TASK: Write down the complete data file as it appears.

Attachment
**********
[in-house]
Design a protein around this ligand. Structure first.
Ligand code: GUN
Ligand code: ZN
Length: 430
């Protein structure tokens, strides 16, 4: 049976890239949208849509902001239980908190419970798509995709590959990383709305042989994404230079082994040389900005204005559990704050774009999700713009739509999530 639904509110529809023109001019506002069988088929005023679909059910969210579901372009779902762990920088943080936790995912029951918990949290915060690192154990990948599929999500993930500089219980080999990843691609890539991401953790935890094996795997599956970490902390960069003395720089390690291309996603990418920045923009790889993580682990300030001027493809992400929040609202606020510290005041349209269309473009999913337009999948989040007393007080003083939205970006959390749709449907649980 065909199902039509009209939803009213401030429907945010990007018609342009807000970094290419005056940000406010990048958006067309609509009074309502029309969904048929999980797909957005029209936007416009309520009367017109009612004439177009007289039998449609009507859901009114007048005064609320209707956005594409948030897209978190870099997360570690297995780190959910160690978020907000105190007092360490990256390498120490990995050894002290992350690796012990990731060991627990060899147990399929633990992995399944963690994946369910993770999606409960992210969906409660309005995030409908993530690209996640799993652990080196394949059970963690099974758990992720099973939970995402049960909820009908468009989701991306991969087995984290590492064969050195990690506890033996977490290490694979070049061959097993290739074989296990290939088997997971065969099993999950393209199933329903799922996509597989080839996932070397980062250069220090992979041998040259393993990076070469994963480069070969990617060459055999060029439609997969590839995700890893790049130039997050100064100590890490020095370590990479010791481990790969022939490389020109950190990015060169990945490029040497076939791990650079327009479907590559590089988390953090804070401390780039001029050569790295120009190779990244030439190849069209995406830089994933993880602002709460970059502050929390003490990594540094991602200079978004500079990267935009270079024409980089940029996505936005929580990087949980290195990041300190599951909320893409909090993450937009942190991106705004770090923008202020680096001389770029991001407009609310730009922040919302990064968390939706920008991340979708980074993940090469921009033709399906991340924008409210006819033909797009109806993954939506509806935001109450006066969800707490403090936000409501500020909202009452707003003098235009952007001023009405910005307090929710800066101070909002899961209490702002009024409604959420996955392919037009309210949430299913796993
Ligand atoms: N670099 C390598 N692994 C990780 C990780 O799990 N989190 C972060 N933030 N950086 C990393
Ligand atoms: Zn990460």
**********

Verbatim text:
[in-house]
Design a protein around this ligand. Structure first.
Ligand code: GUN
Ligand code: ZN
Length: 430
């Protein structure tokens, strides 16, 4: 049976890239949208849509902001239980908190419970798509995709590959990383709305042989994404230079082994040389900005204005559990704050774009999700713009739509999530 639904509110529809023109001019506002069988088929005023679909059910969210579901372009779902762990920088943080936790995912029951918990949290915060690192154990990948599929999500993930500089219980080999990843691609890539991401953790935890094996795997599956970490902390960069003395720089390690291309996603990418920045923009790889993580682990300030001027493809992400929040609202606020510290005041349209269309473009999913337009999948989040007393007080003083939205970006959390749709449907649980 065909199902039509009209939803009213401030429907945010990007018609342009807000970094290419005056940000406010990048958006067309609509009074309502029309969904048929999980797909957005029209936007416009309520009367017109009612004439177009007289039998449609009507859901009114007048005064609320209707956005594409948030897209978190870099997360570690297995780190959910160690978020907000105190007092360490990256390498120490990995050894002290992350690796012990990731060991627990060899147990399929633990992995399944963690994946369910993770999606409960992210969906409660309005995030409908993530690209996640799993652990080196394949059970963690099974758990992720099973939970995402049960909820009908468009989701991306991969087995984290590492064969050195990690506890033996977490290490694979070049061959097993290739074989296990290939088997997971065969099993999950393209199933329903799922996509597989080839996932070397980062250069220090992979041998040259393993990076070469994963480069070969990617060459055999060029439609997969590839995700890893790049130039997050100064100590890490020095370590990479010791481990790969022939490389020109950190990015060169990945490029040497076939791990650079327009479907590559590089988390953090804070401390780039001029050569790295120009190779990244030439190849069209995406830089994933993880602002709460970059502050929390003490990594540094991602200079978004500079990267935009270079024409980089940029996505936005929580990087949980290195990041300190599951909320893409909090993450937009942190991106705004770090923008202020680096001389770029991001407009609310730009922040919302990064968390939706920008991340979708980074993940090469921009033709399906991340924008409210006819033909797009109806993954939506509806935001109450006066969800707490403090936000409501500020909202009452707003003098235009952007001023009405910005307090929710800066101070909002899961209490702002009024409604959420996955392919037009309210949430299913796993
Ligand atoms: N670099 C390598 N692994 C990780 C990780 O799990 N989190 C972060 N933030 N950086 C990393
Ligand atoms: Zn990460």